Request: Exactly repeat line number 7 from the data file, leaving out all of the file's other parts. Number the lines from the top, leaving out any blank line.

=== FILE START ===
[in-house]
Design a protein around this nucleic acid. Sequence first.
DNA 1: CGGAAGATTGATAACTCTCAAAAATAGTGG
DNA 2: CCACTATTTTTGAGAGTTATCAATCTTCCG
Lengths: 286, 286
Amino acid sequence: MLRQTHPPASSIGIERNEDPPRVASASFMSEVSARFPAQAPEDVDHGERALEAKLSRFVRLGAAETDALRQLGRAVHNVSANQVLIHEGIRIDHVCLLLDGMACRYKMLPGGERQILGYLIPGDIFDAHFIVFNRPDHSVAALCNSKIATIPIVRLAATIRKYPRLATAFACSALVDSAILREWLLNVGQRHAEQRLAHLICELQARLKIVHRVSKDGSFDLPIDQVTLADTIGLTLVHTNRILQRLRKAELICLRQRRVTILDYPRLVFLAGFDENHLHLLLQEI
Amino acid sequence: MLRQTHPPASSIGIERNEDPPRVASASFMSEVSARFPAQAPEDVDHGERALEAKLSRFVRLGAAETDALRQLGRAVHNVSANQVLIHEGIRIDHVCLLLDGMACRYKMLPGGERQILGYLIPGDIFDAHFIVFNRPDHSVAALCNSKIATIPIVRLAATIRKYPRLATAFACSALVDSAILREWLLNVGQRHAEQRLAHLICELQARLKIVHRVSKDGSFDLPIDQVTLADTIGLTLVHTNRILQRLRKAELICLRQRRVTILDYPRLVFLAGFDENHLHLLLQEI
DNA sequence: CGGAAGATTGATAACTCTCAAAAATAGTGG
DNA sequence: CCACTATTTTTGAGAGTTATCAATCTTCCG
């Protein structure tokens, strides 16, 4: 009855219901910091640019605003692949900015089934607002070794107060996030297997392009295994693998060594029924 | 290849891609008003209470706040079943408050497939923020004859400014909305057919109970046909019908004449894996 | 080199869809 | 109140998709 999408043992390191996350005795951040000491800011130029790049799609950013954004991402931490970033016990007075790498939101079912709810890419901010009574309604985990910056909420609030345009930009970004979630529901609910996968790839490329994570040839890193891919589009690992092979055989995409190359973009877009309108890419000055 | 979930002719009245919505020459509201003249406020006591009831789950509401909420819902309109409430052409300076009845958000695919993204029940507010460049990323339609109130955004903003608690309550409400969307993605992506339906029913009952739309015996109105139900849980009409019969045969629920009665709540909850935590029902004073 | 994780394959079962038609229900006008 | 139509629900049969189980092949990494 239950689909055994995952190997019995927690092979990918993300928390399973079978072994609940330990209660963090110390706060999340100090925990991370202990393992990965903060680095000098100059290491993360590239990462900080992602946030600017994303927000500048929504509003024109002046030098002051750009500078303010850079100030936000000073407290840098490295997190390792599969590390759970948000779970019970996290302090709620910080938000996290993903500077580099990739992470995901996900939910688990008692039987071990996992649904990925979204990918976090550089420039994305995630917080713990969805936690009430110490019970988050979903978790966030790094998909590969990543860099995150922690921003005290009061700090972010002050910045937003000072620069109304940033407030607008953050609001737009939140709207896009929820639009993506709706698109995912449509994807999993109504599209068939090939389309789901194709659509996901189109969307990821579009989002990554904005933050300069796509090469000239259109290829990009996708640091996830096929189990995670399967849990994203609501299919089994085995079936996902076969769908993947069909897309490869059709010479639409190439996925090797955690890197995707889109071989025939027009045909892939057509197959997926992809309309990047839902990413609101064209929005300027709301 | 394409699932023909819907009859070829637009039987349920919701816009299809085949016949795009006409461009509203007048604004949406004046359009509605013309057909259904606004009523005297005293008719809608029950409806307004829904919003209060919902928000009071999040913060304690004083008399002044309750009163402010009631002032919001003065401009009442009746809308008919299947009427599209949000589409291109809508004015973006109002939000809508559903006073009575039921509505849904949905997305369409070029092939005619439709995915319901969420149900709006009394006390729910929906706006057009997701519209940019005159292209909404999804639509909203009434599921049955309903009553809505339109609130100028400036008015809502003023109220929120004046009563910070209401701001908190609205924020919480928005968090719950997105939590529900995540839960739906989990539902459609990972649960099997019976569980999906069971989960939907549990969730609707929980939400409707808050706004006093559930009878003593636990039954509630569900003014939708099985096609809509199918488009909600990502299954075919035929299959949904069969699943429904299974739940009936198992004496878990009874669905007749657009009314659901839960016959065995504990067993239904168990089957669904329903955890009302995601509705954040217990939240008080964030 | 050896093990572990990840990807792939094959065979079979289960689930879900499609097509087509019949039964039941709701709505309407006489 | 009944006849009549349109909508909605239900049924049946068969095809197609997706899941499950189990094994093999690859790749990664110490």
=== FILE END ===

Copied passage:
Amino acid sequence: MLRQTHPPASSIGIERNEDPPRVASASFMSEVSARFPAQAPEDVDHGERALEAKLSRFVRLGAAETDALRQLGRAVHNVSANQVLIHEGIRIDHVCLLLDGMACRYKMLPGGERQILGYLIPGDIFDAHFIVFNRPDHSVAALCNSKIATIPIVRLAATIRKYPRLATAFACSALVDSAILREWLLNVGQRHAEQRLAHLICELQARLKIVHRVSKDGSFDLPIDQVTLADTIGLTLVHTNRILQRLRKAELICLRQRRVTILDYPRLVFLAGFDENHLHLLLQEI